When you explore the data a little further, it gets a bit more complicated as to where the happiest places in the world are. No Australian city ranks in the top 10 in the world for recent improvement in life satisfaction, optimism about life satisfaction in the future, or levels of positive or negative affectivity. Only one US city (Atlanta for optimism about the future) makes the top ten for any of these categories, and UK countries are nowhere to be seen for any of them.

Conversely, there are many cities in Africa and Central Asia where well-being has been improving at a fast pace over the last 15 years and their citizens remain excited about the potential for what is yet to come. None more so than Tashkent in Uzbekistan. Central America also has a number of cities that are feeling happy and hopeful about their future, especially in Panama, Costa Rica and Honduras.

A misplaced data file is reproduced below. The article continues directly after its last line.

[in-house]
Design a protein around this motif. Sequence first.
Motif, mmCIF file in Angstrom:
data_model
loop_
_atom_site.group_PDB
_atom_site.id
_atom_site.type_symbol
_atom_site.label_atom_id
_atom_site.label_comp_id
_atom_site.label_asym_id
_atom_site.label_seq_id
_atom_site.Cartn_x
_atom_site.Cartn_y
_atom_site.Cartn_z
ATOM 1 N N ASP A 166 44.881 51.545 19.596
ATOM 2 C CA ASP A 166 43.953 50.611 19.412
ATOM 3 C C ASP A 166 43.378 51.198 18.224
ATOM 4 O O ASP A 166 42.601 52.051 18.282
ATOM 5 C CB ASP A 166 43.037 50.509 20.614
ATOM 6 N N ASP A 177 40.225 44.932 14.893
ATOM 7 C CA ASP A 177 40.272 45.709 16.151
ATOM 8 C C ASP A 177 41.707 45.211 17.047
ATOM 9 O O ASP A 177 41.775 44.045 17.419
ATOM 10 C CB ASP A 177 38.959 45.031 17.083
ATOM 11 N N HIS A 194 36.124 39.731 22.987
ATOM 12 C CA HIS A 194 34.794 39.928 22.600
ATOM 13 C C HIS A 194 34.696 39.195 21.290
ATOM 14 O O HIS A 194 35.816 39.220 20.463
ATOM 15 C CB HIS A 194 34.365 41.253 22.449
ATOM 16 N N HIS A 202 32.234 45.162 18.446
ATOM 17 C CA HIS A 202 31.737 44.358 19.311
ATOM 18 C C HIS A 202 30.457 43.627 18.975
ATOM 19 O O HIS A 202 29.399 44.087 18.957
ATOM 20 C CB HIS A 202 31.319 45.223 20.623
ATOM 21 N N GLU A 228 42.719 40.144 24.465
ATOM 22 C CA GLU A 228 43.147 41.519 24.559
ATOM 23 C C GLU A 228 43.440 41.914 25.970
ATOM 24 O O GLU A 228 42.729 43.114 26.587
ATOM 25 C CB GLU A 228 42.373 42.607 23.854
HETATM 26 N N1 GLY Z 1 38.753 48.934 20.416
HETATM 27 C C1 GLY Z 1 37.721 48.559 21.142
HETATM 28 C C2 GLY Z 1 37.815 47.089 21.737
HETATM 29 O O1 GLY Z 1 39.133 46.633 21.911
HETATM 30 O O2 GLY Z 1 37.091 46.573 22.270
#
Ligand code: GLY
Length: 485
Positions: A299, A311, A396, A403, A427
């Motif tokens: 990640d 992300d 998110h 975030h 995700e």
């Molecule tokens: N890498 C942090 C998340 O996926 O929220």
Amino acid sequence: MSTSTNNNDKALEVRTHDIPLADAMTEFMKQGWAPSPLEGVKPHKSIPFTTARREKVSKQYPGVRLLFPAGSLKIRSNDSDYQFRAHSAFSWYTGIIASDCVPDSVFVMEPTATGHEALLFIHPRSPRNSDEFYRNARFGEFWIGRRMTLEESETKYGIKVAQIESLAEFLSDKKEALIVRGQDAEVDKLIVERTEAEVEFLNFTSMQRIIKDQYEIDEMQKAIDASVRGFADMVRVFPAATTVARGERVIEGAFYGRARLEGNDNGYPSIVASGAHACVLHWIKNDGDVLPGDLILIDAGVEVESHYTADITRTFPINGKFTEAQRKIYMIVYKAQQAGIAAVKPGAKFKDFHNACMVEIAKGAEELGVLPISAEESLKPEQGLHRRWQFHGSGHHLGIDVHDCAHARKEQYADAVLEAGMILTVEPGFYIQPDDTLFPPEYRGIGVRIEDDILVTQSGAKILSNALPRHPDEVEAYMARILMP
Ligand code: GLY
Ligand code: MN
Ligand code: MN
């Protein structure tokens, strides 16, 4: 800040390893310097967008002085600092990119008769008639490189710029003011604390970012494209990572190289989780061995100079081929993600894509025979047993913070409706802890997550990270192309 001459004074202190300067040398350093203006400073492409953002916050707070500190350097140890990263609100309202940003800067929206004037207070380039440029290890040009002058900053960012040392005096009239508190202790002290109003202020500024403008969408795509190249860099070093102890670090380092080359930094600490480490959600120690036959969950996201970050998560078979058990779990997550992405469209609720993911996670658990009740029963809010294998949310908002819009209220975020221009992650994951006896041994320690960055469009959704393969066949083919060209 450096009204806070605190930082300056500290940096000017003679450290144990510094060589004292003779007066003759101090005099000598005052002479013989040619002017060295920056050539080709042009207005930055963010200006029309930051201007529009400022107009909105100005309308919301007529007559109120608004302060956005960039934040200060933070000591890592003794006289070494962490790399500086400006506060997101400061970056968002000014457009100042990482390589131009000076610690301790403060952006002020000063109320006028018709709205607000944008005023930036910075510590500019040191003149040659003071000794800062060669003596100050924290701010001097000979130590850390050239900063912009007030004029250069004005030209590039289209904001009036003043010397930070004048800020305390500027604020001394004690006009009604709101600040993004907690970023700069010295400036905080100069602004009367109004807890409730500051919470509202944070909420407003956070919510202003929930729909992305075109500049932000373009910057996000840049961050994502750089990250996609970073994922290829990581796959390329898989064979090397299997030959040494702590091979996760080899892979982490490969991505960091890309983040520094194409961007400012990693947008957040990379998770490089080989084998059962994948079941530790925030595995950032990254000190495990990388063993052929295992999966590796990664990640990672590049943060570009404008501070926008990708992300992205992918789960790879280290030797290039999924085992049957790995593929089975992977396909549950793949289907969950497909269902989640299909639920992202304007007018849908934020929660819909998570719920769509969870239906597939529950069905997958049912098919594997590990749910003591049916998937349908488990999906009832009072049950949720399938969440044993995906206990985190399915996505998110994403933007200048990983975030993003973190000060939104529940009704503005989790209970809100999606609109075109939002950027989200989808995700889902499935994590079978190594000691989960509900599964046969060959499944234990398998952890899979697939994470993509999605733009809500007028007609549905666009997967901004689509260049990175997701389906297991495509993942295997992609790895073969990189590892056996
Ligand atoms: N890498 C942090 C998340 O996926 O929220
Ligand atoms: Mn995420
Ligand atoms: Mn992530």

Based on the findings, South America has the most cities that report a lot of positive emotions in the present, and Asia and Eastern Europe win out on minimal negative emotions. Personally, the idea of living somewhere with minimally reported negative emotions and a high level of life satisfaction sounds pretty good to me. Wellington, you might be just what I am looking for…

Published by Dr Damon Ashworth

I am a Clinical Psychologist. I completed a Doctoral degree in Clinical Psychology at Monash University and a Bachelor of Behavioural Sciences and a Bachelor of Psychological Sciences with Honours at La Trobe University. I am passionate about the field of Psychology, and apply the latest empirical findings to best help individuals meet their psychological and emotional needs.